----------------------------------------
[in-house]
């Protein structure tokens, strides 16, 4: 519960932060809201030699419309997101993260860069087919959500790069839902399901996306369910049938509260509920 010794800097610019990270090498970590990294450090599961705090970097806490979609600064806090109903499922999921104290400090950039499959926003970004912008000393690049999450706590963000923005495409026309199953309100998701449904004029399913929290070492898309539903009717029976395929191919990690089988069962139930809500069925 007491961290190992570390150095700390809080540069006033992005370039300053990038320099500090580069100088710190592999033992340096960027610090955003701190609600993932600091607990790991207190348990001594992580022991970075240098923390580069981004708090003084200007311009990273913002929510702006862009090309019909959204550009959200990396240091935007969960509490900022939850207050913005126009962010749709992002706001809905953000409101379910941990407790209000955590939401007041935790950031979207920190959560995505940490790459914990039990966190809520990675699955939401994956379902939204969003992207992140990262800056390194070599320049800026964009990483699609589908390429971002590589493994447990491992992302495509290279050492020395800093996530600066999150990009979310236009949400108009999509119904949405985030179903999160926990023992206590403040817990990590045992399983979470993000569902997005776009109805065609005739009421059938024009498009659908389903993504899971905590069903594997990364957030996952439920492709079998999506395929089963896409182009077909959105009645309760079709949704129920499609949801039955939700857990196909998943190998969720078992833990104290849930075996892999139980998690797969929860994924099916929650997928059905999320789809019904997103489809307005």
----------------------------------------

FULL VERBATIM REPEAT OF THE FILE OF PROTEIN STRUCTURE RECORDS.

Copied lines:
[in-house]
């Protein structure tokens, strides 16, 4: 519960932060809201030699419309997101993260860069087919959500790069839902399901996306369910049938509260509920 010794800097610019990270090498970590990294450090599961705090970097806490979609600064806090109903499922999921104290400090950039499959926003970004912008000393690049999450706590963000923005495409026309199953309100998701449904004029399913929290070492898309539903009717029976395929191919990690089988069962139930809500069925 007491961290190992570390150095700390809080540069006033992005370039300053990038320099500090580069100088710190592999033992340096960027610090955003701190609600993932600091607990790991207190348990001594992580022991970075240098923390580069981004708090003084200007311009990273913002929510702006862009090309019909959204550009959200990396240091935007969960509490900022939850207050913005126009962010749709992002706001809905953000409101379910941990407790209000955590939401007041935790950031979207920190959560995505940490790459914990039990966190809520990675699955939401994956379902939204969003992207992140990262800056390194070599320049800026964009990483699609589908390429971002590589493994447990491992992302495509290279050492020395800093996530600066999150990009979310236009949400108009999509119904949405985030179903999160926990023992206590403040817990990590045992399983979470993000569902997005776009109805065609005739009421059938024009498009659908389903993504899971905590069903594997990364957030996952439920492709079998999506395929089963896409182009077909959105009645309760079709949704129920499609949801039955939700857990196909998943190998969720078992833990104290849930075996892999139980998690797969929860994924099916929650997928059905999320789809019904997103489809307005």